King Theodosius would soon find his political problems multiplying. In some ways, the Byzantine Empire was getting back on its feet. The Danube remained quite secure as the Avars were willing to enjoy the peace. New settlers from Georgia, Armenia, Anatolia and Greece were granted lands (nearly 100,000 migrants in just the a few years) along the Danube, the population making it more secure. New fortresses along the Danube would ensure future barbarian incursions would be modest in scale....or really, really big....as the fortresses would be able to dominate the supply lines of any invader. The larger population would be adequate to fight of modest raiders. And large-scale invasions by hundreds of thousands of invaders seemed unlikely in 612.

The economy of Byzantium was stabilizing...at least in what was left of Byzantium (mainly the Balkans, Anatolia, Armenia and Syria). The new Ghassanid Kingdom was proving adequate to protecting Syria from Arab raiders.

Peace with Persia, to the surprise of many, remained in place and had reached nearly 30 years (minus those wars in which Maurice put Khosrow back upon the Persian throne and Khosrow put Theodosius upon the Byzantine throne). Both had greater problems than one another. Fighting over border territories in Mesopotamia or Armenia, provinces which normally were problematic anyways for whichever Empire "controlled" them, would seem of secondary importance.

Theodosius was battle endless demands from citizens, soldiers and priests to retake the Empire. The wealthy African provinces had declared effective independence (Carthage would formally declare so in late 612). Lacking resources to invade Egypt, which reportedly had 50,000 Bulgarian warriors and 50,000 well-armed Copts under arms, the Emperor would quietly condemn the "rebels" but do little to nothing. Indeed, Byzantium continued to import Egyptian grain throughout 612. The last thing Theodosius needed was a famine in the capital.

As it was, the greatest crisis was within the capital itself. Years after Pope Gregory's death, the Roman priests in exile would gather with Roman nobles in exile and announced they had selected a new Pope. Hearing rumors of this, the Byzantine Catholics would summon a number of bishops home and select their own Pope. The two parties would both demand the Emperor's support. The city would be divided between the "Roman" Pope and the "Byzantine" Pope.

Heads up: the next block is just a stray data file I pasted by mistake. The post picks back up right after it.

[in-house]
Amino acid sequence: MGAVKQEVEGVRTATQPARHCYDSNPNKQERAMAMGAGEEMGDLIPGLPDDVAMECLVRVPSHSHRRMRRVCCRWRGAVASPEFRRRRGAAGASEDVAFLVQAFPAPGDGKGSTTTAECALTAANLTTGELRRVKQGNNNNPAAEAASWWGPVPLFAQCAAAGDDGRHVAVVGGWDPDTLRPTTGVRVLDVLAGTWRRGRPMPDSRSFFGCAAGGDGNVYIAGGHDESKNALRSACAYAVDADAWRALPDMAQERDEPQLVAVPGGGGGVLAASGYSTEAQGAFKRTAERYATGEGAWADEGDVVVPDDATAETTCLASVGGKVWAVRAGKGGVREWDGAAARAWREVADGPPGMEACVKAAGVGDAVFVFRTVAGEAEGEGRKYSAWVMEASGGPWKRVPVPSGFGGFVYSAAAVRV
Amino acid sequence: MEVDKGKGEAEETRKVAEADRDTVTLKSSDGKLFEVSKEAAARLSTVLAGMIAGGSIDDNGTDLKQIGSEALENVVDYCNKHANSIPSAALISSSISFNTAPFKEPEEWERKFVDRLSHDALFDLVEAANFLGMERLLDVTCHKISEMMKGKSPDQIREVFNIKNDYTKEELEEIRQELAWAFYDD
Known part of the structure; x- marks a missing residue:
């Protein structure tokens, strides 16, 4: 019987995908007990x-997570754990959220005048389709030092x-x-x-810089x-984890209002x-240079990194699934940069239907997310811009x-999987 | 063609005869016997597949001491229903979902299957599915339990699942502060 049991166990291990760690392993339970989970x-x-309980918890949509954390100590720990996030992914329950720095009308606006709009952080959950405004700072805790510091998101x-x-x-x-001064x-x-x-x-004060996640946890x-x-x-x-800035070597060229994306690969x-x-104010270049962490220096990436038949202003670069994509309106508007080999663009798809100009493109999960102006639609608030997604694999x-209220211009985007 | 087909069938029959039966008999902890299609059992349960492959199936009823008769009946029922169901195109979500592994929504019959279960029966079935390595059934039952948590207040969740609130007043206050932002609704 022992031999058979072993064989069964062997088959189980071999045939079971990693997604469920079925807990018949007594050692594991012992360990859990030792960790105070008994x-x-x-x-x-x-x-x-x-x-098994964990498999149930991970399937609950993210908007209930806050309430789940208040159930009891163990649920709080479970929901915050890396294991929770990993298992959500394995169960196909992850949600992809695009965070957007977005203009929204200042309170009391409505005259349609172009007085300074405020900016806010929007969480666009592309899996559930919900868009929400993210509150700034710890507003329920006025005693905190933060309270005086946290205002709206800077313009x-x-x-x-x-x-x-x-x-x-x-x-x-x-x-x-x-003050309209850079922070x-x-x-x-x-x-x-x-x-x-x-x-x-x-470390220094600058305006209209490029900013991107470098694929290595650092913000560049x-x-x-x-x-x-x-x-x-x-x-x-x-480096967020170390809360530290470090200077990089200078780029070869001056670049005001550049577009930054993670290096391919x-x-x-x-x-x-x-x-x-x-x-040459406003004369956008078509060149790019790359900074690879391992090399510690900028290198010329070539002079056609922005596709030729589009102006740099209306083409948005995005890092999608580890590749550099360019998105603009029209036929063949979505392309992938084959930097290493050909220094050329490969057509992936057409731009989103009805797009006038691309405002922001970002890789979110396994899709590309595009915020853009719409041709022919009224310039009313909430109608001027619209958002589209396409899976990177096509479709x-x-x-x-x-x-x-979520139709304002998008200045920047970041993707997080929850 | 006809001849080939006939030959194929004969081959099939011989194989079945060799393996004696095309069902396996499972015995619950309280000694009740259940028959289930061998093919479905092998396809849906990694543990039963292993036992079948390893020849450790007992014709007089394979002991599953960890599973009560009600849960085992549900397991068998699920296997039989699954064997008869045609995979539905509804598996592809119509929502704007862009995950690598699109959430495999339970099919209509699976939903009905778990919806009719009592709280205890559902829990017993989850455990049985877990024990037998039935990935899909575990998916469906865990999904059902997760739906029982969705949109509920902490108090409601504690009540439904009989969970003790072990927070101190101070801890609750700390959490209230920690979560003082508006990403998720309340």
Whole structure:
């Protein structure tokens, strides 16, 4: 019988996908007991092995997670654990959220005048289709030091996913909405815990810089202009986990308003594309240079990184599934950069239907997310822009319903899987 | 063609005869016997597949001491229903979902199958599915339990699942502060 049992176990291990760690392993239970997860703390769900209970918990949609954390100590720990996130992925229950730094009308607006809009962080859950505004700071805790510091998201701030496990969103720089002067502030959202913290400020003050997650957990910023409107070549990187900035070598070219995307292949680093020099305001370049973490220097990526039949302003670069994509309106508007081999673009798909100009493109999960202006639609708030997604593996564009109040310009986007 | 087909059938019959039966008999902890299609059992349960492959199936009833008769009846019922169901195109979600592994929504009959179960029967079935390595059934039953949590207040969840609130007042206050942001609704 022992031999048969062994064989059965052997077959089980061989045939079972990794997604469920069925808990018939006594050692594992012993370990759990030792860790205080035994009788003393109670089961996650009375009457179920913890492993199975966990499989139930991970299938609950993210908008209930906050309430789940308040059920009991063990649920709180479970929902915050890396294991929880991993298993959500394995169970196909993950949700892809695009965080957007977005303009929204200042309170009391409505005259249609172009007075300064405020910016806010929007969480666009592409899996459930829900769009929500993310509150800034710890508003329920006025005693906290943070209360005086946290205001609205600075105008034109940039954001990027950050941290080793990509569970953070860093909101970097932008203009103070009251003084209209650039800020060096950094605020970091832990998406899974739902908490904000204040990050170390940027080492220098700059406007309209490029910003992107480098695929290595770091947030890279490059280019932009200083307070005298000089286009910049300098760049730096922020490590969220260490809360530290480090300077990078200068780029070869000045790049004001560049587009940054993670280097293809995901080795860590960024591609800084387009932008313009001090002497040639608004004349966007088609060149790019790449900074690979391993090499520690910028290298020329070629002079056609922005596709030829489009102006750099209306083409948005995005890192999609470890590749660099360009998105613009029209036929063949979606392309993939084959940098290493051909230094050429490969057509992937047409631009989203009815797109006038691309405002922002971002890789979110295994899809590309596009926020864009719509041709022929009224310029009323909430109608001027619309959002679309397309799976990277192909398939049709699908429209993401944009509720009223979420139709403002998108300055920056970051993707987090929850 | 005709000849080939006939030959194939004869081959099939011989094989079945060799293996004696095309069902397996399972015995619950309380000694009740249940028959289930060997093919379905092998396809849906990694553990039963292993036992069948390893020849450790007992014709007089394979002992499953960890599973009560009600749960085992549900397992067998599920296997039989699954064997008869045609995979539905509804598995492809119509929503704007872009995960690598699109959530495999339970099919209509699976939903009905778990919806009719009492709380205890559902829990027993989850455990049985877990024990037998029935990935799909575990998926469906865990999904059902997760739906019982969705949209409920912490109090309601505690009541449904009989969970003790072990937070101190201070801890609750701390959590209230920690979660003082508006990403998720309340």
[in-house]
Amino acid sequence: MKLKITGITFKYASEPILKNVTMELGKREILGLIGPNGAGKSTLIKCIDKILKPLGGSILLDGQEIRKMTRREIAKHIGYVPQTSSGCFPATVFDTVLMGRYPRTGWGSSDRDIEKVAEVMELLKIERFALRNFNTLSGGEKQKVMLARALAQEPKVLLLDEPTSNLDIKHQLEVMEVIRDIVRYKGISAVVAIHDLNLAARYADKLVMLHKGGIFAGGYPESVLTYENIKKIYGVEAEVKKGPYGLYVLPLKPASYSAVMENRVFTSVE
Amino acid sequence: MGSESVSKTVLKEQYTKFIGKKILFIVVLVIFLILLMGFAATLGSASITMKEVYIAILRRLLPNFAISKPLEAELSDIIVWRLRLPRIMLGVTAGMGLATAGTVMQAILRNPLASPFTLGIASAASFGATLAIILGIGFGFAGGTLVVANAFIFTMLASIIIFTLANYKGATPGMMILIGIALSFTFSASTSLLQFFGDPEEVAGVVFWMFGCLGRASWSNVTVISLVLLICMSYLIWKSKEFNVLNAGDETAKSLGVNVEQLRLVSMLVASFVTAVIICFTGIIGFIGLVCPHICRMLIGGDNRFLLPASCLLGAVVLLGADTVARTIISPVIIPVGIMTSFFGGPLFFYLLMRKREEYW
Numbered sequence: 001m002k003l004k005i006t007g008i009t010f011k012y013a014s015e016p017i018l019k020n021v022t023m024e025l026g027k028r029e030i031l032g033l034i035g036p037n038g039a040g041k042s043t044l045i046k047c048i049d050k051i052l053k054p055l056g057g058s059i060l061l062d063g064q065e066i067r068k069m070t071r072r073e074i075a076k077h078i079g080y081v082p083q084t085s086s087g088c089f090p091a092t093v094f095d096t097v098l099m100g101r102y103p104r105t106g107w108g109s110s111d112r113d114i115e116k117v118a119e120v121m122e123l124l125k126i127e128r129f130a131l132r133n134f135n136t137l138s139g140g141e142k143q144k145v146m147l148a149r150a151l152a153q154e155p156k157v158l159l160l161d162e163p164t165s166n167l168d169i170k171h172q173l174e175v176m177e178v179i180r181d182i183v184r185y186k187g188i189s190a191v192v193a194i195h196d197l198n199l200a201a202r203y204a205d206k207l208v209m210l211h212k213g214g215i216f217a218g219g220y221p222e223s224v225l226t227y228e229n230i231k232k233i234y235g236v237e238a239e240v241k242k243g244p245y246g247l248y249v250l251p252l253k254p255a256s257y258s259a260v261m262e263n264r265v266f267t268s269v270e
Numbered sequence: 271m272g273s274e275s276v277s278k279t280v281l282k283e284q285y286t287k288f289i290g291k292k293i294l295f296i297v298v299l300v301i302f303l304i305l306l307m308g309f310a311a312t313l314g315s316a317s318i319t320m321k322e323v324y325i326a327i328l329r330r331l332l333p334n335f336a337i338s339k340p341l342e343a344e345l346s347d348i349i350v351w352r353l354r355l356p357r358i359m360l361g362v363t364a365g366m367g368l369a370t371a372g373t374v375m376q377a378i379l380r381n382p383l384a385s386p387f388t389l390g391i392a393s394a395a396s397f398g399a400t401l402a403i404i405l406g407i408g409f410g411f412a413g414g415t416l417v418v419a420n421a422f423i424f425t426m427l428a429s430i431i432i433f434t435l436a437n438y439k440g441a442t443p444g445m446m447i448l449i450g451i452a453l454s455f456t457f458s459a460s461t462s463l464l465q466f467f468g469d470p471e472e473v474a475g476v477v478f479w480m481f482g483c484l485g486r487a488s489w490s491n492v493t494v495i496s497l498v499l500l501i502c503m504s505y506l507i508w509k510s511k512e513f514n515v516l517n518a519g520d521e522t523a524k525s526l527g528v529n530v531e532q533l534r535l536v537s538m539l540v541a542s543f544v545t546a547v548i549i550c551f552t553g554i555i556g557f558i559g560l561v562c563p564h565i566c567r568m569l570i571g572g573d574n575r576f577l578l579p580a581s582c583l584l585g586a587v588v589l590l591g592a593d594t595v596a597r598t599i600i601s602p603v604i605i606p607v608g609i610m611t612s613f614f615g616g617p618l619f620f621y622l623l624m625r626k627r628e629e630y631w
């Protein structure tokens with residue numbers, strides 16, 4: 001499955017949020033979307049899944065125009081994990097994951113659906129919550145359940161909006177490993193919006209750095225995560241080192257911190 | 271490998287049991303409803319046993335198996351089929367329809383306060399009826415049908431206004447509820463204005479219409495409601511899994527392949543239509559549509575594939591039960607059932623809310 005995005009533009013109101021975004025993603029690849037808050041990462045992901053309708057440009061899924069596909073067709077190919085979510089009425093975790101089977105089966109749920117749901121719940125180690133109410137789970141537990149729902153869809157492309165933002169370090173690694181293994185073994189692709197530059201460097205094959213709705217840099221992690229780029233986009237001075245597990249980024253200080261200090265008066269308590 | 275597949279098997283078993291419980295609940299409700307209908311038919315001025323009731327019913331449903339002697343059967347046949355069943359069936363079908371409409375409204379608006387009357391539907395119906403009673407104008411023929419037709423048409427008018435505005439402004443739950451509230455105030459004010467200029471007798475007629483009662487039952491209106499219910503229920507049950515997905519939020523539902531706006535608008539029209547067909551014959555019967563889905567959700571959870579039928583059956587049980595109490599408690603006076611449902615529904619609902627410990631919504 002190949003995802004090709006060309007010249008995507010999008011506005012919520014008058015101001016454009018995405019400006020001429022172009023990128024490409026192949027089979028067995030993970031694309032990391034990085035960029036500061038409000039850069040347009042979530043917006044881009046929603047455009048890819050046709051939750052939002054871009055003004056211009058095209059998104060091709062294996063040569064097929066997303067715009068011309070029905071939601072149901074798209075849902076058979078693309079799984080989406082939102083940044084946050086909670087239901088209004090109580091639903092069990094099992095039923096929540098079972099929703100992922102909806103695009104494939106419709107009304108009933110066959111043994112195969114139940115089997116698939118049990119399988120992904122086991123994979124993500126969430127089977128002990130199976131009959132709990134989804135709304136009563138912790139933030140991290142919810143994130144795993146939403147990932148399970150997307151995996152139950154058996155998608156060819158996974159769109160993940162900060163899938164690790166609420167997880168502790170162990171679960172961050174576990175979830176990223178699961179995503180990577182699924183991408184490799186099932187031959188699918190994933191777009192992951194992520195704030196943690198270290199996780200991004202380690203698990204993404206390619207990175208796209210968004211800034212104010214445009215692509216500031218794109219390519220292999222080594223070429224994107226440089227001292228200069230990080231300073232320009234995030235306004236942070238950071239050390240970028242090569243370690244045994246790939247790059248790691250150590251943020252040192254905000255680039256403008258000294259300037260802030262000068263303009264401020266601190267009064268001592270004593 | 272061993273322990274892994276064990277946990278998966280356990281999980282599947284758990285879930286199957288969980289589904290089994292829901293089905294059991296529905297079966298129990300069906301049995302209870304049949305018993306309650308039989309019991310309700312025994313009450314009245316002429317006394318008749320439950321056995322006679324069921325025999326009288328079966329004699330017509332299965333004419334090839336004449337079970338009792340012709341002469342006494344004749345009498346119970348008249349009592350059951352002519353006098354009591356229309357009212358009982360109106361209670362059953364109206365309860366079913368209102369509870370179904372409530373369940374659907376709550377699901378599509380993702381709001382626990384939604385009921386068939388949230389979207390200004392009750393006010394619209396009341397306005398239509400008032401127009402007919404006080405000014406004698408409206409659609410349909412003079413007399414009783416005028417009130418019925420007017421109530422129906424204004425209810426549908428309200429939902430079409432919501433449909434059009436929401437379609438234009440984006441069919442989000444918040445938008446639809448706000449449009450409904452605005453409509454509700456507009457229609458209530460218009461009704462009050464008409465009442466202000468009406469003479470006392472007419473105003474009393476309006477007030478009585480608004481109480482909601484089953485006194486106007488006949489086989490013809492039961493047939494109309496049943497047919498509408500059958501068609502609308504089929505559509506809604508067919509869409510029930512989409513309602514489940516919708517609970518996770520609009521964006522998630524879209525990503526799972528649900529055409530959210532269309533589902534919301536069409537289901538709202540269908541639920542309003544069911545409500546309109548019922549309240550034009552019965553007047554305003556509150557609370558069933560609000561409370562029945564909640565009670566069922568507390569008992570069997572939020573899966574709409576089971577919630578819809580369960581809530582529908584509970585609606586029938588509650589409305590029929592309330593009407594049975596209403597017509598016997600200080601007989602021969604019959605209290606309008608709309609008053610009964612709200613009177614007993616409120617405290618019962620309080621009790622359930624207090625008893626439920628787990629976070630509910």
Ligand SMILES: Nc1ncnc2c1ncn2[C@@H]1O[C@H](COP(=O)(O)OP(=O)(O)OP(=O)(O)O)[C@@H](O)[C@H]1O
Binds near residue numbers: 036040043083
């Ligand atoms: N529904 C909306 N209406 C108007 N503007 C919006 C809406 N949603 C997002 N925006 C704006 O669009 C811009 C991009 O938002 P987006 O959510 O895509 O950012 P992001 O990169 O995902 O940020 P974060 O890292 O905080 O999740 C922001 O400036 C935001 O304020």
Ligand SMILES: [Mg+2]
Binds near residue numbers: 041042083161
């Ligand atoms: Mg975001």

Eventually, the Emperor would pronounce that the "Byzantine" Pope had his support. Outraged, hundreds of Roman priests, nobles and various supporters would sail away from Greek shores for the only reasonable destination: Carthage. Here the "Roman" Pope was declared the one true leader of the Catholic Church by King Theodore of Africa.


King Agilulf of the Lombards would see the problems associated with forcing the Latins of the Italian Peninsula to the Arian Church. Instead, he opted to close down the Catholic monestaries, usually exiling the priests from Italian shores just to be rid of them. Arian priests were given local churches. Violence continued, however the rising number of Arian settlers would reduce the efficiency of this rebel activity. As the Latins were not forced to attend the Arian church, the amount of organized resistance would quietly subside in the absence of clergy and noble leadership.

Agilulf, believing that the Arian Church needed to be codified, pronounced that Rome would have a new Pope. Naturally, this was a Lombard Arian Pope.

Few Latins would immediately recognize this church. Some, lacking a Catholic clergyman, would almost have to engage the Arian priests for weddings, etc. A few would willingly convert for lack of other options. Commoners did not care overly much for nitpicking the nature of the Trinity and one priest was as good as another. The new Latin bureaucrats and ambitious men willing to serve the new administration would take the lead in quiet, unforced religious conversion.

As Latin religious fervor was hardly universal, some Italians would simply go along to get along and give their nominal allegiance to the Arian church.

By the end of the second decade of the 7th century, the Arian Church was proving quite well installed among the people of Italy, even if most of the Latin natives only gave sullen obedience and lip-service while secretly longing for their Catholic Pope.

One of the most devastating developments for the Catholic majority (soon to be minority) in Italy was the diversion of Papal Authority between two contenders, one in Byzantium and one in Carthage. This prevented any unified front against the Arians in Italy.